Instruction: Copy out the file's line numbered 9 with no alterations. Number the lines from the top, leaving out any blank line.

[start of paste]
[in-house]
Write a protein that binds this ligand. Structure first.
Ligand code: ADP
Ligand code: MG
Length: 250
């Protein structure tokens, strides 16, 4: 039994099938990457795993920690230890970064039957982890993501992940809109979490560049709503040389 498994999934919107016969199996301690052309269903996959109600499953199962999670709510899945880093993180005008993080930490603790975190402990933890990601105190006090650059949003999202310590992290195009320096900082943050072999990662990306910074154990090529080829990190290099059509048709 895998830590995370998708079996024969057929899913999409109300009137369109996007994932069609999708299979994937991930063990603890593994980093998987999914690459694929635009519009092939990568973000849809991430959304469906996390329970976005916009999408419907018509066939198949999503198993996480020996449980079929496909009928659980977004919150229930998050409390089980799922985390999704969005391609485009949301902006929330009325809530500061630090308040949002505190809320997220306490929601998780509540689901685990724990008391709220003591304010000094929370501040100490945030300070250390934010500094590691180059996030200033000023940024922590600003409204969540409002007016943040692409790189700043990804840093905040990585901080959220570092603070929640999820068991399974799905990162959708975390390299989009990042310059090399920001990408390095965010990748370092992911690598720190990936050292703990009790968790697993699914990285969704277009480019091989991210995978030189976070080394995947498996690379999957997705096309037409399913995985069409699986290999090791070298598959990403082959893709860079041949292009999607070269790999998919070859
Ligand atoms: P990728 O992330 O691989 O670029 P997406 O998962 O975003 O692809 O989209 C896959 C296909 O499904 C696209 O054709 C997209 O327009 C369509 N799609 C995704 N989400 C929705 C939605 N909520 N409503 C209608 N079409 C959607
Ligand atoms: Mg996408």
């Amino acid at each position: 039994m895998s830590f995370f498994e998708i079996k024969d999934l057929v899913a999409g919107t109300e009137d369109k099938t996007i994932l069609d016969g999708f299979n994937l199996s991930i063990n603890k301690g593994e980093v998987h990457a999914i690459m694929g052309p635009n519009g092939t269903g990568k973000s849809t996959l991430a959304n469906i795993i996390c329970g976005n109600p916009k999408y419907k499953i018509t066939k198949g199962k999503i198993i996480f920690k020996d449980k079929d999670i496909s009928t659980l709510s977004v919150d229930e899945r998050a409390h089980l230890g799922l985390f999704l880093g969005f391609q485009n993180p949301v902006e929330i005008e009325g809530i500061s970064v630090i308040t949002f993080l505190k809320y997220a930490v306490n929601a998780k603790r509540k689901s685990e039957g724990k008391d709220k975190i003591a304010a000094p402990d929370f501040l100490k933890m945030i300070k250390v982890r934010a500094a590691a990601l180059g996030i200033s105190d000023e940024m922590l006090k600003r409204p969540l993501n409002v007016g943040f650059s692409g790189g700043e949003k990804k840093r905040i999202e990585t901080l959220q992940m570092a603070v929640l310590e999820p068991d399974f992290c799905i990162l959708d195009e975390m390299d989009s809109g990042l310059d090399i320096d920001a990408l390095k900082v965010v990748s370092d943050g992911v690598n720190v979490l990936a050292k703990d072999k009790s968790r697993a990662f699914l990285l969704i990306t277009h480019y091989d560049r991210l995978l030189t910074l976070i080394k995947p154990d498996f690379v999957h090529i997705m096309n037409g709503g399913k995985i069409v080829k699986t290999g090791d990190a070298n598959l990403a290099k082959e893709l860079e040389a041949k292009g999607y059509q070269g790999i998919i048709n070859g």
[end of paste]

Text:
């Amino acid at each position: 039994m895998s830590f995370f498994e998708i079996k024969d999934l057929v899913a999409g919107t109300e009137d369109k099938t996007i994932l069609d016969g999708f299979n994937l199996s991930i063990n603890k301690g593994e980093v998987h990457a999914i690459m694929g052309p635009n519009g092939t269903g990568k973000s849809t996959l991430a959304n469906i795993i996390c329970g976005n109600p916009k999408y419907k499953i018509t066939k198949g199962k999503i198993i996480f920690k020996d449980k079929d999670i496909s009928t659980l709510s977004v919150d229930e899945r998050a409390h089980l230890g799922l985390f999704l880093g969005f391609q485009n993180p949301v902006e929330i005008e009325g809530i500061s970064v630090i308040t949002f993080l505190k809320y997220a930490v306490n929601a998780k603790r509540k689901s685990e039957g724990k008391d709220k975190i003591a304010a000094p402990d929370f501040l100490k933890m945030i300070k250390v982890r934010a500094a590691a990601l180059g996030i200033s105190d000023e940024m922590l006090k600003r409204p969540l993501n409002v007016g943040f650059s692409g790189g700043e949003k990804k840093r905040i999202e990585t901080l959220q992940m570092a603070v929640l310590e999820p068991d399974f992290c799905i990162l959708d195009e975390m390299d989009s809109g990042l310059d090399i320096d920001a990408l390095k900082v965010v990748s370092d943050g992911v690598n720190v979490l990936a050292k703990d072999k009790s968790r697993a990662f699914l990285l969704i990306t277009h480019y091989d560049r991210l995978l030189t910074l976070i080394k995947p154990d498996f690379v999957h090529i997705m096309n037409g709503g399913k995985i069409v080829k699986t290999g090791d990190a070298n598959l990403a290099k082959e893709l860079e040389a041949k292009g999607y059509q070269g790999i998919i048709n070859g």